When Betty McCay finished a 27-year prison sentence in California and approached the Center for Employment Opportunities (CEO) in Oakland for job placement, the last thing she expected to provide was feedback on running the program.
“In prison,” she said, “Feedback isn’t necessary. Feedback isn’t sought.”
Eventually she overcame skepticism and responded to a text survey. McCay’s simple idea for improvement, shifting a daily work-signup call from participants out in the field to counselors at their desks, not only struck a chord, but CEO implemented it within a week. “When you feel that you’re being listened to…that what’s happening with you matters,” she said, “It makes you want to give more.”
Stories like Betty’s are just one reason that Fund for Shared Insight, a funding collaborative that includes nearly 100 funding partners, is investing to make client feedback a third, standard element of nonprofit measurement, alongside program monitoring and third-party evaluation. Since 2016, Shared Insight has helped more than 200 nonprofits implement a simple, anonymous client survey system developed in partnership with SurveyMonkey.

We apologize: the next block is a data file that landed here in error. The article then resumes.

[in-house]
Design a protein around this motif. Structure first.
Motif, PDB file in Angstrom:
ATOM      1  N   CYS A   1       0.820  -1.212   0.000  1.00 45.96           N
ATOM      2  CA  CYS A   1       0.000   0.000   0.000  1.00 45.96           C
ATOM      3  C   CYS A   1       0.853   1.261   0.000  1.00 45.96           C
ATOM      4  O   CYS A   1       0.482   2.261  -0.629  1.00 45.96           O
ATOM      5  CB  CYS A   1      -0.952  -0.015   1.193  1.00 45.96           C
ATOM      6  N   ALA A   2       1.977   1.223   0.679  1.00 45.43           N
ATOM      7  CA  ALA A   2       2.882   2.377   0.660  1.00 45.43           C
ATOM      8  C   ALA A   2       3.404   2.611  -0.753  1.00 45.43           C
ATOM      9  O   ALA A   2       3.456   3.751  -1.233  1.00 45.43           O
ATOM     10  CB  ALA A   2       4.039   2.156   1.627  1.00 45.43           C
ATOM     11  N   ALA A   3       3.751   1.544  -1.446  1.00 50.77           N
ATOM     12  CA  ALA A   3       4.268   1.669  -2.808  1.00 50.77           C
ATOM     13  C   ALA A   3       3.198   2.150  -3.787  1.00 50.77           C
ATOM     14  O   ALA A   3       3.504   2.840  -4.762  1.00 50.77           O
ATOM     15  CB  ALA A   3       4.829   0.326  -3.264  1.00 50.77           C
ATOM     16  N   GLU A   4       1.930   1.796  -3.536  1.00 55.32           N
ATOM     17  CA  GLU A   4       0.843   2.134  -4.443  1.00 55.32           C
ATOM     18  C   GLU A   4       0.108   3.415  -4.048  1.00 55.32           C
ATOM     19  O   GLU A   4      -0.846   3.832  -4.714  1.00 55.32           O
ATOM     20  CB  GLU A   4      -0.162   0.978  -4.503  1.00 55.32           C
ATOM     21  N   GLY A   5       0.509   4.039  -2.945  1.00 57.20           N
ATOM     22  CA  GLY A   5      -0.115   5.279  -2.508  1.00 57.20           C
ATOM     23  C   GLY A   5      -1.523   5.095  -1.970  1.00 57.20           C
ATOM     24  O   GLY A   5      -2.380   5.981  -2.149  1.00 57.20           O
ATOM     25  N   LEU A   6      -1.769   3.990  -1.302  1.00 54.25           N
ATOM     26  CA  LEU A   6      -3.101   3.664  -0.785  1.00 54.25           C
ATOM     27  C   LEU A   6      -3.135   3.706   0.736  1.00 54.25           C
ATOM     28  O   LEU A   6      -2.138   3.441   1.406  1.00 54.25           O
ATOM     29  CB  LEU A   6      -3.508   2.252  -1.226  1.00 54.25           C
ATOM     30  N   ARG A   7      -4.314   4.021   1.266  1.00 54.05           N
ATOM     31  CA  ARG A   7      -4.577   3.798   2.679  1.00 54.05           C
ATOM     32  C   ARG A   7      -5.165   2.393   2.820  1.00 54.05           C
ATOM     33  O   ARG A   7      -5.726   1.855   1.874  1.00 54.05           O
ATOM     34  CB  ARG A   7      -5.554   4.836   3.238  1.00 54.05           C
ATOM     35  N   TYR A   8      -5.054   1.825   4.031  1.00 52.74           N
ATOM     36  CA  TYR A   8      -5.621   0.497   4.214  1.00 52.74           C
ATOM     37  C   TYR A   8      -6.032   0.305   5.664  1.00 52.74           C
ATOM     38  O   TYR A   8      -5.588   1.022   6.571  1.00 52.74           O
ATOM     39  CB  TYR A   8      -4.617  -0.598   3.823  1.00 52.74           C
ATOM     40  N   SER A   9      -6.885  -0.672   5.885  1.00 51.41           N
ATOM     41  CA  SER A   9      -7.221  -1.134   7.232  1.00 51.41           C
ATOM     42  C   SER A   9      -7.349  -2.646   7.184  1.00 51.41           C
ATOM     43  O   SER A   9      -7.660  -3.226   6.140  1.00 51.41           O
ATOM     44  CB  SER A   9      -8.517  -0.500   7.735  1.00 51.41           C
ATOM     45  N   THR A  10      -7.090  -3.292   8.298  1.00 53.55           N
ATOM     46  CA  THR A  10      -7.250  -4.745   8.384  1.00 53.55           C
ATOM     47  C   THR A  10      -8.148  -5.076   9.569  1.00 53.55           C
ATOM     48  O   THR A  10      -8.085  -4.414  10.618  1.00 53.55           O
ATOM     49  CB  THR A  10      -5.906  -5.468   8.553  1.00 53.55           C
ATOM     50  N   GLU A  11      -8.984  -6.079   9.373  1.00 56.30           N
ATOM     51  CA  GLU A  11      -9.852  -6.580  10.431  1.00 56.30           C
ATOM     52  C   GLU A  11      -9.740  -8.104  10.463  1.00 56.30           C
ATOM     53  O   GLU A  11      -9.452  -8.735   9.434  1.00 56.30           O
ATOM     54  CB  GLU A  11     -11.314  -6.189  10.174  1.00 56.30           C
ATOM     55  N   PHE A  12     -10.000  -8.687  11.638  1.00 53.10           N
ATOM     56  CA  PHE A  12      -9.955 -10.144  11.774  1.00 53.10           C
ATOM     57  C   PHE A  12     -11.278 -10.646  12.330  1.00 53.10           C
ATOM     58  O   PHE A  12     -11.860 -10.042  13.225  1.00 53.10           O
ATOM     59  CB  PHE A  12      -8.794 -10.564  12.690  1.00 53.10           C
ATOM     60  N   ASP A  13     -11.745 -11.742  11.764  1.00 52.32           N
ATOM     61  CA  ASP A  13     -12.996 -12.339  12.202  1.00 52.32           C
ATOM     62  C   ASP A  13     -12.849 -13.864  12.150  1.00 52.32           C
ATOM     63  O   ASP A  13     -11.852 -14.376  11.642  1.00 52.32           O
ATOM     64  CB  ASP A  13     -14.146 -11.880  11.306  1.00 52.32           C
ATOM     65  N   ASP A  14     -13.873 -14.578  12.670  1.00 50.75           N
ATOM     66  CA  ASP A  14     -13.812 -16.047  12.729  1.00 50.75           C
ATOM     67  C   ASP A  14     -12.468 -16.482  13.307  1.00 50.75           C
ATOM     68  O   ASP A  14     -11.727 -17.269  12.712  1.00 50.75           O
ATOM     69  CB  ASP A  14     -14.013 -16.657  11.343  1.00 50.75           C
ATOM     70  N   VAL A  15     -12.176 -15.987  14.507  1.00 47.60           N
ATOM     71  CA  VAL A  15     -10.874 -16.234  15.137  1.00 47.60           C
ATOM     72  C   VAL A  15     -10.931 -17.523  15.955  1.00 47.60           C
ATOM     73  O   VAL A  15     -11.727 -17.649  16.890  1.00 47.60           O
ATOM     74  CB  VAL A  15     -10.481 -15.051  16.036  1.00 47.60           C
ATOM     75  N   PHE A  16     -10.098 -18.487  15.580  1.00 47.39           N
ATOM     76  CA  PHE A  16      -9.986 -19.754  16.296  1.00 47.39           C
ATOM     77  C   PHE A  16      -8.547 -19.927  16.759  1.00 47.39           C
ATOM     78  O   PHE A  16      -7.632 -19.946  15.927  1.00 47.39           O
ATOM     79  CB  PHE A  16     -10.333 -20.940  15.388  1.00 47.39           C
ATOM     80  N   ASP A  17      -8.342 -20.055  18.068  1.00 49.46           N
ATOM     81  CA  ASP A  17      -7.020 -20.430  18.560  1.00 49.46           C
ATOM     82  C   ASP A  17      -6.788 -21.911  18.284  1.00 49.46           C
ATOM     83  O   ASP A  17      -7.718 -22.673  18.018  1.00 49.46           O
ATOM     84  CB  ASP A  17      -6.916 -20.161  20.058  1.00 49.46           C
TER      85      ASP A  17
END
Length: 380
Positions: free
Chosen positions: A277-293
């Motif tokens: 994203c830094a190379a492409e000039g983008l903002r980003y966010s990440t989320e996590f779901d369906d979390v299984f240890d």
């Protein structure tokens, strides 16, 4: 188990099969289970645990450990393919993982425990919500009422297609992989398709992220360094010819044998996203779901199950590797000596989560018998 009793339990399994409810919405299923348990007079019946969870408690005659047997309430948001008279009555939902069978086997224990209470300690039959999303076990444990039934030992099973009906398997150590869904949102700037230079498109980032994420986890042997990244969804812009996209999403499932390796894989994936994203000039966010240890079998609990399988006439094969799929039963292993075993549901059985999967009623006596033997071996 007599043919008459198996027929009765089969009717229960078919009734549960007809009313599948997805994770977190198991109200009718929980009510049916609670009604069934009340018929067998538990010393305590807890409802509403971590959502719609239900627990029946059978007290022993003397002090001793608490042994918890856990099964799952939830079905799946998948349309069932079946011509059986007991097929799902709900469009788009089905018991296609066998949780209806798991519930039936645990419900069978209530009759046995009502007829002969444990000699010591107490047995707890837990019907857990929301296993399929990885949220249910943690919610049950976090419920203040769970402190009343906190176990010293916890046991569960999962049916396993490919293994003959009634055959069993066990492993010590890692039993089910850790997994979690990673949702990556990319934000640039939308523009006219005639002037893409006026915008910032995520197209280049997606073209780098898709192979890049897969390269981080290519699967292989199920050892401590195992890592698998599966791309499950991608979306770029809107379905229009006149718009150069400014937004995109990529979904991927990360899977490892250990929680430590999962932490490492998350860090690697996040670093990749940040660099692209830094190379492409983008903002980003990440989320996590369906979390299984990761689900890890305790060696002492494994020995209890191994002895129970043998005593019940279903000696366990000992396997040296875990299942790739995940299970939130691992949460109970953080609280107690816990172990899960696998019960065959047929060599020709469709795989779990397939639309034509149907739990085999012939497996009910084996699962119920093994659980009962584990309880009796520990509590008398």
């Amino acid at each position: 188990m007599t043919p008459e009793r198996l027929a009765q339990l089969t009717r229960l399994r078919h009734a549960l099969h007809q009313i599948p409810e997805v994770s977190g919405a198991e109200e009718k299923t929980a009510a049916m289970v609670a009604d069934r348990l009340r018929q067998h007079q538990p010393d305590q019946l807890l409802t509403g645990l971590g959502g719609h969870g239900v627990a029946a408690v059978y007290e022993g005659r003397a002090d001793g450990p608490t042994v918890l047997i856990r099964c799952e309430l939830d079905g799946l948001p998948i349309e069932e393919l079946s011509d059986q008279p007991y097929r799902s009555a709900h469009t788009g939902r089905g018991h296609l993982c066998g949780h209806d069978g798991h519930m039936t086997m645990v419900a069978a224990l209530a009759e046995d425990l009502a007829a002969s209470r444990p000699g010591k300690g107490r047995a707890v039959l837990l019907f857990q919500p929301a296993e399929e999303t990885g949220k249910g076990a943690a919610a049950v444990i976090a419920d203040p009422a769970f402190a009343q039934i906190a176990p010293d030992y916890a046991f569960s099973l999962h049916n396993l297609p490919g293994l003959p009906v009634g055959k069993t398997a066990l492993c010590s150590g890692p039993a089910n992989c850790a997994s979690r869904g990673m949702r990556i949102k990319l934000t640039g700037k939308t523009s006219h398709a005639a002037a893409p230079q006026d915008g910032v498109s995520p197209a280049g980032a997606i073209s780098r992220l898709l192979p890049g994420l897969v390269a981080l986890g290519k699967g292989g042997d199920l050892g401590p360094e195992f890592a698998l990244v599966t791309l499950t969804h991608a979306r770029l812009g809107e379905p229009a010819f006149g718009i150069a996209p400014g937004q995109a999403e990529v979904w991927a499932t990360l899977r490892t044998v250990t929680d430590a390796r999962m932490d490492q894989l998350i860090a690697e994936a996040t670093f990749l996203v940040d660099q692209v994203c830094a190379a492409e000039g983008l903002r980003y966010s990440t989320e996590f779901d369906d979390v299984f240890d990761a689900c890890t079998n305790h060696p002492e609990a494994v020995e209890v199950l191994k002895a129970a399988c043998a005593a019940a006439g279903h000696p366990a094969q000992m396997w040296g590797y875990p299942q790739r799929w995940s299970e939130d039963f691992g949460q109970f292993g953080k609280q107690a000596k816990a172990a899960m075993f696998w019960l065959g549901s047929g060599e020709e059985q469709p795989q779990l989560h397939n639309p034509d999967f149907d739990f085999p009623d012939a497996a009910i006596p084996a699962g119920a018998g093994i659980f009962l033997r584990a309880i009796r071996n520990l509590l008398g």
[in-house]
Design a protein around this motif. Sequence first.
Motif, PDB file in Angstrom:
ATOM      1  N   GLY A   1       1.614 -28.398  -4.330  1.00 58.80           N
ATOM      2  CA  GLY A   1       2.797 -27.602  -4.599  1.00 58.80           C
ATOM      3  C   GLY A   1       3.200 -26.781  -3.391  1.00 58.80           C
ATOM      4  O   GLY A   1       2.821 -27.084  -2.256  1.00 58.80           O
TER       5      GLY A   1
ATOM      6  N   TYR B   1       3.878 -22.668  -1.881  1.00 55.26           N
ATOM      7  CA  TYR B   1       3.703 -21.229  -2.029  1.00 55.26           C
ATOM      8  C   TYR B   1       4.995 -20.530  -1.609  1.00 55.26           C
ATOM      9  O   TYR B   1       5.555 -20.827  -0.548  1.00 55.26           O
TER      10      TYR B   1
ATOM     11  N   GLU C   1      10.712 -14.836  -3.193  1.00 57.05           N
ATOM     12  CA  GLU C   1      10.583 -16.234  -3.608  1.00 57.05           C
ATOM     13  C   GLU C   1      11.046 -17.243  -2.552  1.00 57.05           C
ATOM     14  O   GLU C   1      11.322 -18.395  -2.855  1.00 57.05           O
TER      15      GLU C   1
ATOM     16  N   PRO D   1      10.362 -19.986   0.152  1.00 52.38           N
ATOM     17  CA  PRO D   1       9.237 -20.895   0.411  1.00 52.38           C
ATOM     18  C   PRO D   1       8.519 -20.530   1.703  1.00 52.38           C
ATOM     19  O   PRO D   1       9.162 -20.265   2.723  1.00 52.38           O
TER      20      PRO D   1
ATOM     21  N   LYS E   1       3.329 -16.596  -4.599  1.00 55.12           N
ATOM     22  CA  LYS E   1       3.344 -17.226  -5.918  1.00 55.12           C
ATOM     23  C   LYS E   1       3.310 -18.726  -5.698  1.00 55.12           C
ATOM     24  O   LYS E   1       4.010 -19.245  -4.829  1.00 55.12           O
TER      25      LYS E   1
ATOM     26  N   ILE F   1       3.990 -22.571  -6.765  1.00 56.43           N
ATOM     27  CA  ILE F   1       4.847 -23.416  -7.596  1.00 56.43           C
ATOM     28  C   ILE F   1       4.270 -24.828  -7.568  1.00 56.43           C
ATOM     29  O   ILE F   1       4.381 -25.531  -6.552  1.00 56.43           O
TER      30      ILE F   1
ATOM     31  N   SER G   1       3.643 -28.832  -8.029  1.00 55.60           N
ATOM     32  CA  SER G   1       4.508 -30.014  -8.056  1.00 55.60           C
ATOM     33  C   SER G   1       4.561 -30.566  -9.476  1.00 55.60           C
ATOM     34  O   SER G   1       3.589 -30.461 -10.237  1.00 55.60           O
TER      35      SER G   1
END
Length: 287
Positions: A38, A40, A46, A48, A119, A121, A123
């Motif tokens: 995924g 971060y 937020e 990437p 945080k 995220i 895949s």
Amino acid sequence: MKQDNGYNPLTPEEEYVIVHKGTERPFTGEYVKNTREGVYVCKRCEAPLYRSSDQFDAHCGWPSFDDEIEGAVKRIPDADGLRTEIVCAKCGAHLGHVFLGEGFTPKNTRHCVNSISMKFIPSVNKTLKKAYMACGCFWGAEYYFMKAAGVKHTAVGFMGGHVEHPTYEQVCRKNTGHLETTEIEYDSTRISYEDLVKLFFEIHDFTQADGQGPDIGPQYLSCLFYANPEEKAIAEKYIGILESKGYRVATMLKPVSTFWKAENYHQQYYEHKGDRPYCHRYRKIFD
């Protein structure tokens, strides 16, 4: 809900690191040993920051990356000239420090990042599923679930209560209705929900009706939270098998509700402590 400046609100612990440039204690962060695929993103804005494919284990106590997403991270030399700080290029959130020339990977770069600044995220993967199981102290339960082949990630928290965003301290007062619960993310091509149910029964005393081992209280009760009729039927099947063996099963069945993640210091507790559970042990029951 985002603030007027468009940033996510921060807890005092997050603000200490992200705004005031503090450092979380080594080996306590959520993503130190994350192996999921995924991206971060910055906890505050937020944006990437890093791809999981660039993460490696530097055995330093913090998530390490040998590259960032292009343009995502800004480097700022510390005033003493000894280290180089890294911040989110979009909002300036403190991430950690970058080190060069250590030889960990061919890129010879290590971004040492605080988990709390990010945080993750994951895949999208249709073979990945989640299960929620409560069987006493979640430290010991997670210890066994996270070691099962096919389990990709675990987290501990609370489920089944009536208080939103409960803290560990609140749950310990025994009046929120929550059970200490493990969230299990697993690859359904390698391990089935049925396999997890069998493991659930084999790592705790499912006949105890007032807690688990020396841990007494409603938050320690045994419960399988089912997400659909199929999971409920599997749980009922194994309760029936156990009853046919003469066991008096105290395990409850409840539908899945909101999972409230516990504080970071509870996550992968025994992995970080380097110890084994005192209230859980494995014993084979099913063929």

This survey, used by CEO and others, is helping nonprofits surface ideas for course correction and innovation. It’s also surfacing revealing detail about clients’ experiences and aspirations that can add authenticity to nonprofit communications and cast clients as protagonists in narratives of social impact.